* Dozens killed in communal violence
* State government imposes curfew
* Security is a key election campaign issue
By Garba Muhammad
KADUNA, Nigeria, Oct 21 (Reuters) - Nigeria has deployed a special police force to restore calm in the northern state of Kaduna following communal violence that killed 55 people in the last few days, President Muhammadu Buhari said on Sunday.
The Kaduna state government imposed a 24-hour curfew on Sunday after violence broke out on the streets of the state's capital city, also called Kaduna.
The violence in the state capital follows clashes between two communities in the Kasuwan Magani area of southern Kaduna which left 55 dead.
Locals said clashes broke out between Muslims and Christians in the area, around 50 kms (30 miles) from Kaduna city, on Thursday.
Hundreds of people have been killed this year in outbreaks of communal violence across Nigeria. Security has become a key campaign issue ahead of the February 2019 election in which Buhari will seek a second term.
"The violence in Kaduna ... is condemnable. The police have been authorised to do everything possible to restore calm. A Special Intervention Force has been deployed to the flashpoints," Buhari said on Twitter.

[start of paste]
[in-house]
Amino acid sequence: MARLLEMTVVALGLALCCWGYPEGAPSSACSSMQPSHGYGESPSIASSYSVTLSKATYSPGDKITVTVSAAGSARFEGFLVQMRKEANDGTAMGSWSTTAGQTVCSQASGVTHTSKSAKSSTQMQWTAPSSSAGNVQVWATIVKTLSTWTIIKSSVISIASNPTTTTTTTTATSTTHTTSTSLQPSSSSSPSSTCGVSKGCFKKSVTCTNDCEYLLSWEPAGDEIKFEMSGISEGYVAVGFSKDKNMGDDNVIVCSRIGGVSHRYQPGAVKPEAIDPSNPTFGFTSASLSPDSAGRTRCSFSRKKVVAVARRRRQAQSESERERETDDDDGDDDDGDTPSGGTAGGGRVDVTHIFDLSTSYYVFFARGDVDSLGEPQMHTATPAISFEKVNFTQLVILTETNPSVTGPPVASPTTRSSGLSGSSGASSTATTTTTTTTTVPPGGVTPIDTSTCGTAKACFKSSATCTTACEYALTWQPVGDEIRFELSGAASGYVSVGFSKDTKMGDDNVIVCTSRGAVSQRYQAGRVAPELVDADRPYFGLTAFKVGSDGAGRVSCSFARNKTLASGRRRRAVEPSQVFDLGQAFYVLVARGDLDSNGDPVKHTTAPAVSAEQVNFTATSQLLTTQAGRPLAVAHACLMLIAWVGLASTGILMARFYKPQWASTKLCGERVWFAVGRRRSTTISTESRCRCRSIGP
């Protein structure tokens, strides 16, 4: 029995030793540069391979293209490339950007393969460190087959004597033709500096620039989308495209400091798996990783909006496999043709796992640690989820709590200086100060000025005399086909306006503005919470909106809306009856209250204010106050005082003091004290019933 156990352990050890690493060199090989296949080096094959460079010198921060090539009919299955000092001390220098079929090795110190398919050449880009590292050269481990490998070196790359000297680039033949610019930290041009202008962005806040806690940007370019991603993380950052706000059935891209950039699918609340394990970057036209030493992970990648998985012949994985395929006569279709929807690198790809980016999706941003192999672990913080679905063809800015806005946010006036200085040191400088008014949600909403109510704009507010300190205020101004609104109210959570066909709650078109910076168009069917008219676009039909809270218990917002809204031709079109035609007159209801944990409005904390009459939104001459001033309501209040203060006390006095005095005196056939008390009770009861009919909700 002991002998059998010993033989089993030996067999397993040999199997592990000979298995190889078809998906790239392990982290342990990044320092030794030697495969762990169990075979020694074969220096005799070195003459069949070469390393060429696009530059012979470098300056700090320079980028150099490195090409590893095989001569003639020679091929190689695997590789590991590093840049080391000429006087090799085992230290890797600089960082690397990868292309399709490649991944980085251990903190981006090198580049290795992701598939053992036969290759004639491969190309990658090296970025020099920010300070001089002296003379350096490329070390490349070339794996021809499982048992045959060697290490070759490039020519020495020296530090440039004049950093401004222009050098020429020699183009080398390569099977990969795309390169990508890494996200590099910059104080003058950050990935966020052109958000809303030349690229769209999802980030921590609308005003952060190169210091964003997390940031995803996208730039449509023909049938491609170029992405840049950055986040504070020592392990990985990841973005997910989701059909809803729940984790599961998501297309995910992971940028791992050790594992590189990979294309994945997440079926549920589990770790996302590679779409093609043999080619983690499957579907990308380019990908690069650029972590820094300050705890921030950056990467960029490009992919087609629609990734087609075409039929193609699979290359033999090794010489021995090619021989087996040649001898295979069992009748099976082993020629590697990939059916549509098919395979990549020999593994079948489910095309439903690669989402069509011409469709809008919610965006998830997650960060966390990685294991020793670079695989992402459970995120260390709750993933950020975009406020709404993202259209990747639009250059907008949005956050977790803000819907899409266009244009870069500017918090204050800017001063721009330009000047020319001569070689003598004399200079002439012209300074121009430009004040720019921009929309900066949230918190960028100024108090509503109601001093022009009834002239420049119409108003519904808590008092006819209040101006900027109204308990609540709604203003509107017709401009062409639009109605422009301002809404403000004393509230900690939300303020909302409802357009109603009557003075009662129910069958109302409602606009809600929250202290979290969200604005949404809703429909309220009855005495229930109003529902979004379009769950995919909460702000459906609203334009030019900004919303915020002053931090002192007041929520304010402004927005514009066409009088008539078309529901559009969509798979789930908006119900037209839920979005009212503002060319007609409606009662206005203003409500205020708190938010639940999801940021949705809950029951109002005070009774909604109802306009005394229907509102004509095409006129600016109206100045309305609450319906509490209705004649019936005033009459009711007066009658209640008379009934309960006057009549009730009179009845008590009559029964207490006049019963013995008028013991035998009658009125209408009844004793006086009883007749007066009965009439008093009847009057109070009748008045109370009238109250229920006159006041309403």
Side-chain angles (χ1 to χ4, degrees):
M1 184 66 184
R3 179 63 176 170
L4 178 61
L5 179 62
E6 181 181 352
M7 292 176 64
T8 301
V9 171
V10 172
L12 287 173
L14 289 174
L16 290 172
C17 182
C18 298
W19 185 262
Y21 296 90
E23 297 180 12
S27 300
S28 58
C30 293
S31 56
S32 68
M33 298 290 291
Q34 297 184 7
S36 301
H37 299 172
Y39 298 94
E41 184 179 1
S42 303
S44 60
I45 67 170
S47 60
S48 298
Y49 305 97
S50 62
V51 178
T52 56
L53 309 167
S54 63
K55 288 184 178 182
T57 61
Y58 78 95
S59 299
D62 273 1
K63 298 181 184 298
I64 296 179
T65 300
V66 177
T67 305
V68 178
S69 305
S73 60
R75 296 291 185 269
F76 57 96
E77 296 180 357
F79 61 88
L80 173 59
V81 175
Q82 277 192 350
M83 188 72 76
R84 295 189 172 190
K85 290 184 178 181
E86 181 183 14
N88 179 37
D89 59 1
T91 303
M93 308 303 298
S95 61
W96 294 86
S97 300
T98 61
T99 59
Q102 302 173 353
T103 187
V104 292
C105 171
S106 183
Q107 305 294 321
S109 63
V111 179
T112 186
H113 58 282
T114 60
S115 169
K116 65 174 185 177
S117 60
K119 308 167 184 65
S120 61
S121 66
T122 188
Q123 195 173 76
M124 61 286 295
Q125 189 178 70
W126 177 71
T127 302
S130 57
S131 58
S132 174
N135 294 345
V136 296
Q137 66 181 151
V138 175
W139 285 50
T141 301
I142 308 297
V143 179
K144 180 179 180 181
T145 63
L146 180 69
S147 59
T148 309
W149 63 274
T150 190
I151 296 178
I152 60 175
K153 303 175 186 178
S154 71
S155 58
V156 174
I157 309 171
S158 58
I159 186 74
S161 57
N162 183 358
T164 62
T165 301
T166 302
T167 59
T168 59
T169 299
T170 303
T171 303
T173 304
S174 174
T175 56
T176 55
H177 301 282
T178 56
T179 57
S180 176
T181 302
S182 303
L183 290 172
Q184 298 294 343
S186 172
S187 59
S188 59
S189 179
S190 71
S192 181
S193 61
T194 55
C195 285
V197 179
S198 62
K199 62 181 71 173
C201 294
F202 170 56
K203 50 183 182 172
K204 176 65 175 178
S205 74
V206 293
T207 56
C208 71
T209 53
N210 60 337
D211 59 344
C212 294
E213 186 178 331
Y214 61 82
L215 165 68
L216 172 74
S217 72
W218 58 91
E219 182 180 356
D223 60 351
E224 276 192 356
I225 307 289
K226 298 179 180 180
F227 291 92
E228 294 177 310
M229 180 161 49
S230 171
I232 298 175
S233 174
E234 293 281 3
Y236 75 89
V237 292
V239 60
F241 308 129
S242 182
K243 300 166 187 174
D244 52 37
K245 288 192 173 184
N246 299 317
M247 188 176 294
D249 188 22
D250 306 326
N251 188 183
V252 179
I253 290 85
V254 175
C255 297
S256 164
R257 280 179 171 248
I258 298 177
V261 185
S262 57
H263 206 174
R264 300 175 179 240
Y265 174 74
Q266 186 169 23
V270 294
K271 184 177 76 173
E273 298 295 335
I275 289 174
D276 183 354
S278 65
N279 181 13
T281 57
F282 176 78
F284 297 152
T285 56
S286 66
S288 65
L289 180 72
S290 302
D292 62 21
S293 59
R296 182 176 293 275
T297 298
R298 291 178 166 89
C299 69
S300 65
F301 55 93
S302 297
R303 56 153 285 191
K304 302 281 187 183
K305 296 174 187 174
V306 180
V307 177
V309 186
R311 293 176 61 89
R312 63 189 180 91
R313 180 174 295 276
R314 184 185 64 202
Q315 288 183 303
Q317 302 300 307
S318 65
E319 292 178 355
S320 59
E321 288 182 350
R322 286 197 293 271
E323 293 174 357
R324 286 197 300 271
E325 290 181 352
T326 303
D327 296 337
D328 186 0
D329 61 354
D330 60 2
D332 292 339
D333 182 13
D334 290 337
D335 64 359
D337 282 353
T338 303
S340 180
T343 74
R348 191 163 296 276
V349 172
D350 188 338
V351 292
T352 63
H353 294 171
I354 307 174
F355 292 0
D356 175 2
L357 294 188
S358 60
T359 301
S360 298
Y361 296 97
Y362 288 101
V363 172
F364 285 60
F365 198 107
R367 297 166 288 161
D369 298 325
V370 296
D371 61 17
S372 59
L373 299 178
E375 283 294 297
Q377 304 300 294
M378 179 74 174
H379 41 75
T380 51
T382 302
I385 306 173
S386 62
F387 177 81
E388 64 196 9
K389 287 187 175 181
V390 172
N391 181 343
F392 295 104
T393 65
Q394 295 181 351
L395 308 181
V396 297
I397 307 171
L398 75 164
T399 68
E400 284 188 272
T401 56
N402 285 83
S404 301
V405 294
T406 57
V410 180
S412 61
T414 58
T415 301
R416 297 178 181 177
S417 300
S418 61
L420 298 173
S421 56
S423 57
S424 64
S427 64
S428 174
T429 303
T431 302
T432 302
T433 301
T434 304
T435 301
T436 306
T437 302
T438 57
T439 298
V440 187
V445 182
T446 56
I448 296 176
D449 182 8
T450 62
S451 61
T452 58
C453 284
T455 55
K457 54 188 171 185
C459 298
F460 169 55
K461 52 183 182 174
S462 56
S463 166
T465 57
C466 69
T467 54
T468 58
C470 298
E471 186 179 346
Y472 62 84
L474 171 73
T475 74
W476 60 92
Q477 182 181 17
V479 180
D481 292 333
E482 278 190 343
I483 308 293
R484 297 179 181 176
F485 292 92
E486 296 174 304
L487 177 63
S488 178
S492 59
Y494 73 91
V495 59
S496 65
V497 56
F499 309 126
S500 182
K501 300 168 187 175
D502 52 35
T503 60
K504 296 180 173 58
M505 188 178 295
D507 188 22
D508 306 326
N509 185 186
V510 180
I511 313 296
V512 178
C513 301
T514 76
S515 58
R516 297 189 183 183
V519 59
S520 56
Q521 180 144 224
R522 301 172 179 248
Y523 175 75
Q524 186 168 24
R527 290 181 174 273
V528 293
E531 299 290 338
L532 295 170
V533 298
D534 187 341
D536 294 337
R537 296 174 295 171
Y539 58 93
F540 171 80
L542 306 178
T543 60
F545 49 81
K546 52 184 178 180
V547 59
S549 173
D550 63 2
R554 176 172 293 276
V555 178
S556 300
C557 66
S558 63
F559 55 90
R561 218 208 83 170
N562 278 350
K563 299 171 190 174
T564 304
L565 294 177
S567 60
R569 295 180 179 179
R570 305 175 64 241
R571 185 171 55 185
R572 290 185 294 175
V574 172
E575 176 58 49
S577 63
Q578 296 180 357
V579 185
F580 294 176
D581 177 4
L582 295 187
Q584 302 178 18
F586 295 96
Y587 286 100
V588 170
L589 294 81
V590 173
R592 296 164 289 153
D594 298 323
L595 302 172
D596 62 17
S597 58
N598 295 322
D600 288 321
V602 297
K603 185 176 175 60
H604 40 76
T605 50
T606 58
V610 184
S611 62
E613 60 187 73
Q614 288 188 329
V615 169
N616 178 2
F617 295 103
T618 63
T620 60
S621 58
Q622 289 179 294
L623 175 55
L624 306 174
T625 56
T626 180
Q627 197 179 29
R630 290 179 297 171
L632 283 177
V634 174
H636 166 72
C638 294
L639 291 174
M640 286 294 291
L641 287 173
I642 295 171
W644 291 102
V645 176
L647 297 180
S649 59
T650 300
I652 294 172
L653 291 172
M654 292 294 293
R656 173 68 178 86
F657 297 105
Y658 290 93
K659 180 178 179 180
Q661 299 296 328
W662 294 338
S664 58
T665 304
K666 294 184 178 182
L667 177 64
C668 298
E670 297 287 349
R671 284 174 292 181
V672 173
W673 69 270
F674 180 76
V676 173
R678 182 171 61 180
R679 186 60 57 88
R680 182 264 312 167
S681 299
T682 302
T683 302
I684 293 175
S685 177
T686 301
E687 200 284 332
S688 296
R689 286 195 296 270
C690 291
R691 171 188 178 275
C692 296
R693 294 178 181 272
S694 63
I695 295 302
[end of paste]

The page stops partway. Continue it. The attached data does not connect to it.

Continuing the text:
Kaduna state's police commissioner, Ahmad Abdur-Rahman, said earlier the clashes in the Kasuwan Magani area of southern Kaduna had led to 22 arrests.
"The federal government and its law enforcement agencies will work with the state government and community leaders to ensure the full restoration of peace and security," Buhari said in another message on Twitter.
Police said the special force will carry out stop and search patrols, raid suspected criminal hideouts and make arrests in areas that have been flashpoints or considered to be at risk of violence.
Local people, who described unrest in both Christian and Muslim areas of the state capital, said troops were also seen on the city's streets.
"This is a notice of a 24-hour curfew imposed on Kaduna town and environs, with immediate effect. Residents are advised to comply by this directive," Kaduna state's governor, Nasir El-Rufai, said on Twitter.
Clashes along ethnic lines have plagued southern Kaduna in the last few years. Last year troops and additional police officers were deployed to the state in response to an outbreak of violence.
Nigeria is Africa's most populous nation with around 190 million inhabitants, split roughly equally between Christians and Muslims, and comprising around 250 different ethnic groups that mostly live peacefully side by side. (Additional reporting and writing by Alexis Akwagyiram; additional reporting by Felix Onuah in Abuja and Nneka Chile in Lagos; Editing by Raissa Kasolowsky and Adrian Croft)
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